Jan 29, 2020

Waymo pilot with UPS hints at future autonomous truck plan

Photo courtesy of Waymo

Waymo, whose driverless minivans are already shuttling a limited number of passengers in suburban Phoenix, Arizona will soon begin delivering packages for UPS as part of a new strategic partnership announced on Wednesday.

Why it matters: Widespread use of robo-taxis is still years away, but automated trucks are quickly gaining momentum toward deployment. Waymo's ambition is to use the same self-driving technology in its minivans — what it calls the Waymo driver — to automate big rigs and delivery trucks like the ones UPS uses every day.

Details: In the first phase of their partnership, Waymo's self-driving Chrysler Pacifica minivans will shuttle packages from UPS Stores in the Phoenix area to the UPS hub in Tempe.

  • Waymo vehicles will drive autonomously with a trained operator on board to monitor vehicle operation.
  • The pilot will begin this quarter, with both companies working closely to develop a long-term plan.

Background: Waymo is already moving goods and not just people.

  • Last year, it started using Waymo minivans to deliver car parts for AutoNation, a business partner that helps manage the fleet of Pacificas.
  • Now, in a truly commercial deal, UPS will pay Waymo to deliver its packages.

What they're saying: Waymo sees four potential markets for its self-driving technology: ride-hailing, long-haul trucking, package delivery and eventually, personally owned vehicles.

  • "Right now the movement of things is a bigger market than the people ride-hailing market," Waymo CEO John Krafcik said in an interview with Axios. "But in 10 years, the movement of people with automated ride hailing will be substantially larger."

UPS sees an opportunity to learn how to safely integrate self-driving technology into its operations, and how to use autonomous shuttles to make more rapid turnarounds in anticipation of on-demand delivery.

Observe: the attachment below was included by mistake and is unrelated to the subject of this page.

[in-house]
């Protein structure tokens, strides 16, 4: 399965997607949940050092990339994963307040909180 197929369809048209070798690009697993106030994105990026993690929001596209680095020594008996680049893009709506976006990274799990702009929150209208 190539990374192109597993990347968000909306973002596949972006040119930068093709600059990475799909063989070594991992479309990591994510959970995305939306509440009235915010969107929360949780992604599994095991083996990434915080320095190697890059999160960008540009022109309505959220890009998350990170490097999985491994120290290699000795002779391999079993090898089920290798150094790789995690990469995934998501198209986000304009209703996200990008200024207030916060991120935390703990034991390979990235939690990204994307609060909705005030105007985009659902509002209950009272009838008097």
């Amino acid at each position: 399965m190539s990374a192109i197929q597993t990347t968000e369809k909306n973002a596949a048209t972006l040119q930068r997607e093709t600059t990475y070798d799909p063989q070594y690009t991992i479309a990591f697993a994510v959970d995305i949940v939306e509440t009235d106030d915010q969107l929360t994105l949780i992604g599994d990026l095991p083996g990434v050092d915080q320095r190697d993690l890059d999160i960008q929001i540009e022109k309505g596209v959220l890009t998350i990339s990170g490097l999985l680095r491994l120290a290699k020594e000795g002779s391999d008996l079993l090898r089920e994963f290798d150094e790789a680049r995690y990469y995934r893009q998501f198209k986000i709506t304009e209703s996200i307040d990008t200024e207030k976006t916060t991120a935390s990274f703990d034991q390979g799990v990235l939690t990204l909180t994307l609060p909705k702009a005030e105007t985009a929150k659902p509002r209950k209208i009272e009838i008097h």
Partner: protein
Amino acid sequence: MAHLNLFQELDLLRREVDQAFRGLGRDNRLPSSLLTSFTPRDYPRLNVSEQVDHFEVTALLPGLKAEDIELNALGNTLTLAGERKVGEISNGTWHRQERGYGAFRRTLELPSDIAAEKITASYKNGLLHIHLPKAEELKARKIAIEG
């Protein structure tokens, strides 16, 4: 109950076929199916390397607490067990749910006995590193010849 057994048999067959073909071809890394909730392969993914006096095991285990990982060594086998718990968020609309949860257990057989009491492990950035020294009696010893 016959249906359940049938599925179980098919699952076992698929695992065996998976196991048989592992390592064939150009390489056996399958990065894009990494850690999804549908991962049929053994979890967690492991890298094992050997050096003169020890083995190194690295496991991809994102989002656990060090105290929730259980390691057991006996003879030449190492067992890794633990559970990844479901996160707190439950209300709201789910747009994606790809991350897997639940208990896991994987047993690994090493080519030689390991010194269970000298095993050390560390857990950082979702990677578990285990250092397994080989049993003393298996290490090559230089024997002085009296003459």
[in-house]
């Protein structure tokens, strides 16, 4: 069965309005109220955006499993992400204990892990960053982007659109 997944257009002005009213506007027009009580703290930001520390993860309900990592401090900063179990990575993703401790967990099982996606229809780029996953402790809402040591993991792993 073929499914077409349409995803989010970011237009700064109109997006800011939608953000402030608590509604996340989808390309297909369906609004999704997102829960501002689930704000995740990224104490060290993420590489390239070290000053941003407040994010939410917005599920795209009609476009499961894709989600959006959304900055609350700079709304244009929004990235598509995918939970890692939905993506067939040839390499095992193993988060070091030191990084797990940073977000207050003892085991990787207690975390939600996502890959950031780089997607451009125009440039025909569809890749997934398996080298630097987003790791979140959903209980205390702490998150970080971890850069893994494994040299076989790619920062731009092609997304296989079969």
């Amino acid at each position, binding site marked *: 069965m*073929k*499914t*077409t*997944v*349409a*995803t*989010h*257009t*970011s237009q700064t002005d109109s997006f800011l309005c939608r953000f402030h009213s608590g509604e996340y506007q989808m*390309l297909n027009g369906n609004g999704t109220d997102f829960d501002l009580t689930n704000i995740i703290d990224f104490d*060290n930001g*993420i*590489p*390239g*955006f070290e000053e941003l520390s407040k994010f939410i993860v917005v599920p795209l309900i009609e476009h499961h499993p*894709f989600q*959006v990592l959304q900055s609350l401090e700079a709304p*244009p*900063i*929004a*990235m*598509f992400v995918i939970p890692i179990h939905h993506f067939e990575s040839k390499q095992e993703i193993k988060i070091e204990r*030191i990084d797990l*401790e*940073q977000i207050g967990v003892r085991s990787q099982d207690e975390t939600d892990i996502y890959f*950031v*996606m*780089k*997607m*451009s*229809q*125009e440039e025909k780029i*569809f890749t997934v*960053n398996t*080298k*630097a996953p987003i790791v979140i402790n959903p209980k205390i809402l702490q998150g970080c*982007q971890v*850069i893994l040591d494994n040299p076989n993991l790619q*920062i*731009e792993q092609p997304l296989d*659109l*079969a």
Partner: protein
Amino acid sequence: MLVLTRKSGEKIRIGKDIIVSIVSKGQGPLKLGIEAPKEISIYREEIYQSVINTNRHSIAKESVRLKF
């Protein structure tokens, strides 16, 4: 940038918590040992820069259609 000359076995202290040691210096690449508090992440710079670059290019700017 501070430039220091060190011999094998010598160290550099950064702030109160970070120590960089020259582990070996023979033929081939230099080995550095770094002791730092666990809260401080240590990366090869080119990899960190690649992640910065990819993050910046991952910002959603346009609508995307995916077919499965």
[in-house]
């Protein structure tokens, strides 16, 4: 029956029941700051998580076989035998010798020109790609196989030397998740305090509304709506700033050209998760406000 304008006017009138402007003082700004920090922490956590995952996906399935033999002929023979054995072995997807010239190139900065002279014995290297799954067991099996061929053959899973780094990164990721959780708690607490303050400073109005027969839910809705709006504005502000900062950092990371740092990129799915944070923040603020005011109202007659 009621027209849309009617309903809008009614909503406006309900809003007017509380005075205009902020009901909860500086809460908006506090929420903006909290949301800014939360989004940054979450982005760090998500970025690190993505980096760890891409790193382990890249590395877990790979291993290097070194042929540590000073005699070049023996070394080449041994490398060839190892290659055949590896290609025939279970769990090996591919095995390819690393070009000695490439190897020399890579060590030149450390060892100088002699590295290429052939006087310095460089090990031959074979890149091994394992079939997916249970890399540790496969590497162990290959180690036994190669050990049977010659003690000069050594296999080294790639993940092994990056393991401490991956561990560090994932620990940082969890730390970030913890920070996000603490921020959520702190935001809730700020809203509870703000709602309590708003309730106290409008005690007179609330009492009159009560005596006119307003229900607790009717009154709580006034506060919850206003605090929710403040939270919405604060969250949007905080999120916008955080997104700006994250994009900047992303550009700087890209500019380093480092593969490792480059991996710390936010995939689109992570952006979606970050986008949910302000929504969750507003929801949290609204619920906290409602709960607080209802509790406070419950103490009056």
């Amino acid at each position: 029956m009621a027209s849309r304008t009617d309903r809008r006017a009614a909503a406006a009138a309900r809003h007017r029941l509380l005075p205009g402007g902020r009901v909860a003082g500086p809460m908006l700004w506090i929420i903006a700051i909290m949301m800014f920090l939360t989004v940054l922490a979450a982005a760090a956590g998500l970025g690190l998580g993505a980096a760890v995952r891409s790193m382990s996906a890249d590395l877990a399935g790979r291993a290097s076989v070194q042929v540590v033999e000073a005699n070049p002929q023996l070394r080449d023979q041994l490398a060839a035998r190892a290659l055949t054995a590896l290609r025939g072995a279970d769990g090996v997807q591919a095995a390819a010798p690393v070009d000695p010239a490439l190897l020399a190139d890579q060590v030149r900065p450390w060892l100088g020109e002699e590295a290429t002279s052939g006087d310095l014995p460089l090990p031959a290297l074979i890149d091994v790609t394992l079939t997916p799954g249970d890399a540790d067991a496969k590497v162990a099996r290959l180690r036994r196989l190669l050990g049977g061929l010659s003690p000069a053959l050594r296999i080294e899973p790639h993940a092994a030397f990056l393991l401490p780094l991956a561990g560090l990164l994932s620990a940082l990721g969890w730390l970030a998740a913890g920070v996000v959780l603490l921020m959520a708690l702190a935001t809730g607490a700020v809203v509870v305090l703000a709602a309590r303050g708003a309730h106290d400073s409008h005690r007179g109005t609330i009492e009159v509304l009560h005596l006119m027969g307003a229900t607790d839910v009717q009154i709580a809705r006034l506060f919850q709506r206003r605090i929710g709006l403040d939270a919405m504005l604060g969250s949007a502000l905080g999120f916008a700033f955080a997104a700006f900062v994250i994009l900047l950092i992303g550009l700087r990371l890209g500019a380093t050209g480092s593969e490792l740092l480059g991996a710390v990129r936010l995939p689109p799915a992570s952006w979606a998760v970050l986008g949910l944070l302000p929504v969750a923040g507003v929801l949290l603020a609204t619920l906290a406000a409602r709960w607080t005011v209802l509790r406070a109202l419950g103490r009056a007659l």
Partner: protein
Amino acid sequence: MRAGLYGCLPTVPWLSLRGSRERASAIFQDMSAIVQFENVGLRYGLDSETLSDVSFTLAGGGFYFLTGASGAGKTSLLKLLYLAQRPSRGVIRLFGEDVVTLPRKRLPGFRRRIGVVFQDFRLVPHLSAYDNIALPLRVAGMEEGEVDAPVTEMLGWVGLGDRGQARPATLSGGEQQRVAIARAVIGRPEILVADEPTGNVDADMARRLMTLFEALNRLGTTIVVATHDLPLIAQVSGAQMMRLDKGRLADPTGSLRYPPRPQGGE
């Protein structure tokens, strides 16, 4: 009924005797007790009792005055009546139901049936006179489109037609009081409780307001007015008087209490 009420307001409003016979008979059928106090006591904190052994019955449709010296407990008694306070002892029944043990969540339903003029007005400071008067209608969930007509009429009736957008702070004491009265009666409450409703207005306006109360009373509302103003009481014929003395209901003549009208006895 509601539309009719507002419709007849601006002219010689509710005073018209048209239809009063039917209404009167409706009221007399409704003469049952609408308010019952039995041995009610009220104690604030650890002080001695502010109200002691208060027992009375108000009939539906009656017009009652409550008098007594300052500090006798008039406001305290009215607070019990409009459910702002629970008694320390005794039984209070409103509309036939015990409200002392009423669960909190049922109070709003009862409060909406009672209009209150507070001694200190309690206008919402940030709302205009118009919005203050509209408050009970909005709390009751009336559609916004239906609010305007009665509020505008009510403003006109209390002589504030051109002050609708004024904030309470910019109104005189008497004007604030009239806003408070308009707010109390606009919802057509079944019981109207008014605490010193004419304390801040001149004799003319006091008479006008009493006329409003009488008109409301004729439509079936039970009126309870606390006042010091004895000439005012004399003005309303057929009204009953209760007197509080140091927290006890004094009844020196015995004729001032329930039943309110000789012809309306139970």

• "This is part of the learning process," said Bala Ganesh, vice president of the advanced technology group at UPS, adding: "We have more things in the hopper."

Background: UPS has been delivering cargo with self-driving trucks from TuSimple since last May, and took a minority stake in the company last August.

Go deeper: Waymo's progress on AVs seems reminiscent of Wright brothers

Go deeper

Waymo's trucking ambitions

Photo: Courtesy of Waymo

Waymo, whose driverless minivans are already shuttling a limited number of passengers in suburban Phoenix, will soon begin delivering packages for UPS as part of a new strategic partnership announced this week.

Why it matters: Waymo's ambition is to use the same self-driving technology in its minivans to automate big rigs and delivery trucks like the ones UPS uses every day. This is an important step toward that goal.

UPS to buy 10,000 electric trucks from U.K. startup Arrival

Arrival's prototype electric UPS van. Photo: courtesy of Arrival

UPS is investing in Arrival, a U.K.-based electric truck manufacturer, and plans to buy at least 10,000 battery-powered delivery trucks worth $440 million over the next five years.

Why it matters: UPS is transforming its global logistics business to keep up with exploding e-commerce and increased urbanization — and the fallout from those trends like worsening congestion and climate change.

Go deeperArrowJan 29, 2020

Here's why we should hope self-driving tech is ready soon

Waymo's self-driving minivans. Photo: Courtesy of Waymo

This week during several automated driving demonstrations in Arizona I was reminded why we should all hope self-driving technology is ready soon.

Why it matters: Self-driving cars don't get drunk, tired, distracted — or do things that are just plain stupid — behaviors I saw in spades on the roads in and around Phoenix and Tuscon.